Essay on Death For the Sake of a Ritual

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     The greatest gifts one can give do not always come in small packages. Sometimes the greatest present a person could receive is the utter extinction of a person’s very existence. Through death, we can sometimes benefit even if it evokes mixed deep uncomfortable feelings. Death for the sake of ritual and or tradition is an act that has been practiced throughout history. By today’s standards this seems morbidly disturbing. Death for relief, revenge, and or for the opinionated bettering of society has also occurred as long as recorded history. This cold homicidal act is usually considered psychotically driven even if most everyone, whether secretly or openly, wanted the demise to occur. A death for acceptance, …show more content…
     Fortunato’s gift of death in Edgar Allen Poe’s gruesome tale “The Cask Of Amontillado” is intended for all those individuals who had suffered through Fortunato’s taunting, bragging, and arrogance. Although Fortunato is completely unaware of his impending doom, we find that in the mind of a person like Montresor, who has been driven over the preverbal edge, Fortunato’s death is a psychotically rewarding gift of revenge (Poe 973-974). Maniacs kill for various reasons but sometimes, as in the case of Montresor, a perfectly sane person can cross over to madness for the reason of alleviating the world of having to bear another human being’s contemptible existence. Fortunato’s death is a gift to all those who are unfortunate enough to have to have succumbed to his arogent matter-of-fact self promoting and bragging. This frighteningly grim murder, as evil as it is, is still a doorway to Fortunato’s present of no longer being. This is a gift that a sane person would morally despise but secretly relish. His murder is a reward to all those whom Fortunato annoyed. It is presented within an enormous container carefully concealed with the intricate cruel paper of brick and held together using a sticky tape of mortar but it is a gift nonetheless.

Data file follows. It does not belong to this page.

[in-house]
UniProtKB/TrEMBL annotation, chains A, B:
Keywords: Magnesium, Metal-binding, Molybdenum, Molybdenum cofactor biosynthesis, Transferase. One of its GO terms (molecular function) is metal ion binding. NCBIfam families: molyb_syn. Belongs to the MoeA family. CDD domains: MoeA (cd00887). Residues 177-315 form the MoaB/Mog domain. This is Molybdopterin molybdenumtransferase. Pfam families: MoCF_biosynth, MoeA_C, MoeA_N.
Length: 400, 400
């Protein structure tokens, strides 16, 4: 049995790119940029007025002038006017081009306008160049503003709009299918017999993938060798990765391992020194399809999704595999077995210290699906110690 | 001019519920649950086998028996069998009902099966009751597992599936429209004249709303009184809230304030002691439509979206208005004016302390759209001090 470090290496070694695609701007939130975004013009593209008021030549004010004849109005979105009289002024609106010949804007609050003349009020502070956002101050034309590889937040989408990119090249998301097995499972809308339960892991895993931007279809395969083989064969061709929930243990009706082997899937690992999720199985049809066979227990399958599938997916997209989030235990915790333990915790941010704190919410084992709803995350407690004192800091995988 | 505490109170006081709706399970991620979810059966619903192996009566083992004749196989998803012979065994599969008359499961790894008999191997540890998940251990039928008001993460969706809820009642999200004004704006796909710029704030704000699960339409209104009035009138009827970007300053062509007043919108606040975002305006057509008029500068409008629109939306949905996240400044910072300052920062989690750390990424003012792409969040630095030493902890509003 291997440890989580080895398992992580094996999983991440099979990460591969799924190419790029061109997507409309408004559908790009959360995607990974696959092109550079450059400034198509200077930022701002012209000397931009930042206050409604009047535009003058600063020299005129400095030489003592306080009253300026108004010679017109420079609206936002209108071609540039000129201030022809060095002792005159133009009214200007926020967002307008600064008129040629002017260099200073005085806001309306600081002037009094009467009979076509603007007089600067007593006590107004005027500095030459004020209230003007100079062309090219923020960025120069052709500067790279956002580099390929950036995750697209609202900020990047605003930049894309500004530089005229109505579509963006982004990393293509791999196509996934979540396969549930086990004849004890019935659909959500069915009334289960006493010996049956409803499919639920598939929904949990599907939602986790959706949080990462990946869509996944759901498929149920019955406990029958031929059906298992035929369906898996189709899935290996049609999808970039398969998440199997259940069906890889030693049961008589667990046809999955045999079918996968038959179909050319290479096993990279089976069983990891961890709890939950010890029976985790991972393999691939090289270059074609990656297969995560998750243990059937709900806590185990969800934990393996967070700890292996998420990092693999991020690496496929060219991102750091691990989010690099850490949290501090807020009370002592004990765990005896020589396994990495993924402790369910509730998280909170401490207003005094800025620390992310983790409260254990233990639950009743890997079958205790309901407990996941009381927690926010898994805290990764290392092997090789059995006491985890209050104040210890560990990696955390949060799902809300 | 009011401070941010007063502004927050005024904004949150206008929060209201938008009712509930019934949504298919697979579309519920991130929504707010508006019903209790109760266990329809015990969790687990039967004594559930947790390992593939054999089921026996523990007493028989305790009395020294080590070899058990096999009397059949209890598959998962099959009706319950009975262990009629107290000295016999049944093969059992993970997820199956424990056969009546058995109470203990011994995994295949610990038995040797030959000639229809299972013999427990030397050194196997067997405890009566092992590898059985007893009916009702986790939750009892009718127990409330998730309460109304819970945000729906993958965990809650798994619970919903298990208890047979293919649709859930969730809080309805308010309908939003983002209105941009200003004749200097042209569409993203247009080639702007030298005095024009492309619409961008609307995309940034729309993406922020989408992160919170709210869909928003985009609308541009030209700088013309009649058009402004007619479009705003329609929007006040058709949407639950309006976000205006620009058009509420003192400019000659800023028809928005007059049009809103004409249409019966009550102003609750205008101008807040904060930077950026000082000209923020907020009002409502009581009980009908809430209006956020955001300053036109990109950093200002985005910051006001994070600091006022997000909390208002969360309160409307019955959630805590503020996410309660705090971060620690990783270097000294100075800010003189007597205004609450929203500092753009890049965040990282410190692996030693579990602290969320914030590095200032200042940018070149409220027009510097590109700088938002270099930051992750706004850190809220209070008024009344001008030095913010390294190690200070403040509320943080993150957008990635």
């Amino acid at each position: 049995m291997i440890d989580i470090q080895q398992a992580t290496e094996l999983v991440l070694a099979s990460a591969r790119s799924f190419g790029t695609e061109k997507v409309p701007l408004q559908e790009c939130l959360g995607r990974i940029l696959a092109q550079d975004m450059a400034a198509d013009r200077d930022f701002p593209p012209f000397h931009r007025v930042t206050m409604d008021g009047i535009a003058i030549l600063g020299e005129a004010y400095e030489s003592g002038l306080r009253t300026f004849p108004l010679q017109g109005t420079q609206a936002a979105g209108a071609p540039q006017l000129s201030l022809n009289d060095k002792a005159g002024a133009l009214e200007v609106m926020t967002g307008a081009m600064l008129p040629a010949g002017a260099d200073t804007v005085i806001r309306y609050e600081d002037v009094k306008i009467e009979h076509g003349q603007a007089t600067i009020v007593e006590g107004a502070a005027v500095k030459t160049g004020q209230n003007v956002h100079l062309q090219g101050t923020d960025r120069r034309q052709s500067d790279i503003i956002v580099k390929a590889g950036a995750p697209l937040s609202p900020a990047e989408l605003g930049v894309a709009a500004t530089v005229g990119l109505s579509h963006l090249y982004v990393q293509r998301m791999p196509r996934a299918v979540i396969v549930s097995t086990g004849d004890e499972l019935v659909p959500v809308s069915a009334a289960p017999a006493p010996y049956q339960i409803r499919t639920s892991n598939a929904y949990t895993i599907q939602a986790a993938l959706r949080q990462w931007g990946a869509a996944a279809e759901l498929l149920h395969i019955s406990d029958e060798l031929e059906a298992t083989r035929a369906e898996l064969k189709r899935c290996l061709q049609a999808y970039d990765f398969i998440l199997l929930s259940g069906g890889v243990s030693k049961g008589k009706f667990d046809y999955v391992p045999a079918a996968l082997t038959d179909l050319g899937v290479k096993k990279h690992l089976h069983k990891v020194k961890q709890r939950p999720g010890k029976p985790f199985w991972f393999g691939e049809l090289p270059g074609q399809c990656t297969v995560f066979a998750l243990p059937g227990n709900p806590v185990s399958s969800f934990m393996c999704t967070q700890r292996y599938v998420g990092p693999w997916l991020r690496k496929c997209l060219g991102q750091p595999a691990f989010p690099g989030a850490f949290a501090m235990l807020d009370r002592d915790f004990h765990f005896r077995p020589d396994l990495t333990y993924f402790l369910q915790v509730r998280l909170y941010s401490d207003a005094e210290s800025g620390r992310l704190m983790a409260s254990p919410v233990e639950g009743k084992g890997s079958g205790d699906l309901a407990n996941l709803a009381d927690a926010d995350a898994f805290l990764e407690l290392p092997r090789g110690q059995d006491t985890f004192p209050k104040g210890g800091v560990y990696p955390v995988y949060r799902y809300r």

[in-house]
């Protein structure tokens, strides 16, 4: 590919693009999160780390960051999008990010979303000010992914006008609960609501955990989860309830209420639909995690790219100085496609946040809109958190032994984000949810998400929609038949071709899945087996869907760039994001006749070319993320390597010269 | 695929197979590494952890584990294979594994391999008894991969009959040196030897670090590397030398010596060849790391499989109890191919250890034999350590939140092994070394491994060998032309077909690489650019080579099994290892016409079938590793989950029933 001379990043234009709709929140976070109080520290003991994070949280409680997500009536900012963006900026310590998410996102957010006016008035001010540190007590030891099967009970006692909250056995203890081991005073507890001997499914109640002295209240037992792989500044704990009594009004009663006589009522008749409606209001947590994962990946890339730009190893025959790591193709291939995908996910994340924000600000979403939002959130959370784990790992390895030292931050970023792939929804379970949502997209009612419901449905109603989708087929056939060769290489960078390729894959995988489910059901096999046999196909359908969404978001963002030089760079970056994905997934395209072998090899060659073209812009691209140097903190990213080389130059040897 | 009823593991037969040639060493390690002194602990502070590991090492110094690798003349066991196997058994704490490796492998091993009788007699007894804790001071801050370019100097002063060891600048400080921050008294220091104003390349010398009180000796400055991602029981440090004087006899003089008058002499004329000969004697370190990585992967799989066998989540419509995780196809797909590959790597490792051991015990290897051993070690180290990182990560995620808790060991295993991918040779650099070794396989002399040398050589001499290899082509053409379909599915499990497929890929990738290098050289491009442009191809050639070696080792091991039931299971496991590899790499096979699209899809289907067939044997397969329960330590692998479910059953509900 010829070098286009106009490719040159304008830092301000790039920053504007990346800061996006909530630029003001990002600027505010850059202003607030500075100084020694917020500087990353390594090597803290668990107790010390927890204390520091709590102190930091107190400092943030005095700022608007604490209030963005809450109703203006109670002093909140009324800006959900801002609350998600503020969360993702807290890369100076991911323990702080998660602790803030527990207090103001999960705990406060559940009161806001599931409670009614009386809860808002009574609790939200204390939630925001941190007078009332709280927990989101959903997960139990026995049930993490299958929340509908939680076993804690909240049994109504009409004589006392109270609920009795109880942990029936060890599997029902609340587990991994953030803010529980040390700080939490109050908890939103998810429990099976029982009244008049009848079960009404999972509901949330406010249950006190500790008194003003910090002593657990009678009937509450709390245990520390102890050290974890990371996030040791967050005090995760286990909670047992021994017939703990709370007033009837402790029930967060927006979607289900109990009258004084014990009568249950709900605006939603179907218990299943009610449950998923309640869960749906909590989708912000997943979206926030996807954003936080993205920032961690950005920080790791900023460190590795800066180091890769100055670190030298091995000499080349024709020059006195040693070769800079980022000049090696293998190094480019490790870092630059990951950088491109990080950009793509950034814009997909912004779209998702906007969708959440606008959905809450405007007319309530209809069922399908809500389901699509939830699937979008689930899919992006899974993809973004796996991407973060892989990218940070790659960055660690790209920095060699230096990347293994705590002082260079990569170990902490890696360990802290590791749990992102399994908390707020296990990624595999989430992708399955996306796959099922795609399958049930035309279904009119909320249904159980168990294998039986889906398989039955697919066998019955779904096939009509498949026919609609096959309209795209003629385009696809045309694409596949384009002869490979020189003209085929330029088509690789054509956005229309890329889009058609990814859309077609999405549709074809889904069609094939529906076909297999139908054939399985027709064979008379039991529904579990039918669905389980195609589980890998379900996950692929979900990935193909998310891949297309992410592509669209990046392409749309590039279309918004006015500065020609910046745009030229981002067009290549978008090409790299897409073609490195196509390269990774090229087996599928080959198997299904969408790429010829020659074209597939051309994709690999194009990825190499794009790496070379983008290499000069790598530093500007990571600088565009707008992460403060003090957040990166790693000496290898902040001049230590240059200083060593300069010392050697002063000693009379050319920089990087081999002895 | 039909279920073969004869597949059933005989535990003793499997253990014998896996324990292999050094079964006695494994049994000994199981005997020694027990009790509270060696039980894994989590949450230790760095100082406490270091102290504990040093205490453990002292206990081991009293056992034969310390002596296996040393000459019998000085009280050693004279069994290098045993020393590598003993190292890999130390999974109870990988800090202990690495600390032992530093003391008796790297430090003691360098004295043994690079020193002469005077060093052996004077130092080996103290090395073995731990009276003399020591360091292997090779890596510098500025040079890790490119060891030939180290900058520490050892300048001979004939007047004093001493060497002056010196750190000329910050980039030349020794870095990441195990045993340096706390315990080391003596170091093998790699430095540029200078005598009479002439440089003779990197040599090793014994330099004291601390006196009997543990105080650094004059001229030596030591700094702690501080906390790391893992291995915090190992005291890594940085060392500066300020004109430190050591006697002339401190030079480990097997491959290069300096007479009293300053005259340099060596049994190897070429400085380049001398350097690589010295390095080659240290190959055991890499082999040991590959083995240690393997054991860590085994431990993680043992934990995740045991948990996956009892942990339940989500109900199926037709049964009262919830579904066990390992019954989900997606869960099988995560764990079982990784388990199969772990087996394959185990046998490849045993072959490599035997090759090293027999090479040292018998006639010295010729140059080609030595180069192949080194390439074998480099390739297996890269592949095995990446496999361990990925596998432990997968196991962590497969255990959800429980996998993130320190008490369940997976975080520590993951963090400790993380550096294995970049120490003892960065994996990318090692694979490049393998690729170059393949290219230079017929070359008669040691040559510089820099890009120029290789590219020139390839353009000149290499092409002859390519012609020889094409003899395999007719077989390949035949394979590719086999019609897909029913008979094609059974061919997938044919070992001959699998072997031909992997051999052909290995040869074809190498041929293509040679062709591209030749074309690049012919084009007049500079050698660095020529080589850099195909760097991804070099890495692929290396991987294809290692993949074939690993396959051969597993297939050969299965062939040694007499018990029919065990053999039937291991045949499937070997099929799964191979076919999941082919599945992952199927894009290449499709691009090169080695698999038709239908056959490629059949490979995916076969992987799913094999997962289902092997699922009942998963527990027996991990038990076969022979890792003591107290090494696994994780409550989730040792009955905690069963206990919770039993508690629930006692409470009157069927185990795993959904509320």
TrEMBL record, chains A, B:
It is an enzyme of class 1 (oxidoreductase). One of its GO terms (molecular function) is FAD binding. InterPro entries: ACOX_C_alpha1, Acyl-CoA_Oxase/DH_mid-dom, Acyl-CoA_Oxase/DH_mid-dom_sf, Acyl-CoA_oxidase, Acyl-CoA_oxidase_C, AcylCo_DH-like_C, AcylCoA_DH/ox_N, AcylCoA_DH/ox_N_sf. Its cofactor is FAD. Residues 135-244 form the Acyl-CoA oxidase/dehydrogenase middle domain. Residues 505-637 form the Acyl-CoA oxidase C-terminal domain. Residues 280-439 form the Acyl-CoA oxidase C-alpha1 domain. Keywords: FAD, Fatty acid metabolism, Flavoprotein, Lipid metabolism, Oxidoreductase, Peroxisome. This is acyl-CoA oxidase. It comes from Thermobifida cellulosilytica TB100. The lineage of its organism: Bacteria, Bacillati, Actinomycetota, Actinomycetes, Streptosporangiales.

Paul Wilmott’s death, in D. H. Lawrence’s short story “The Rocking Horse Winner”, is filled with sadness and irony but

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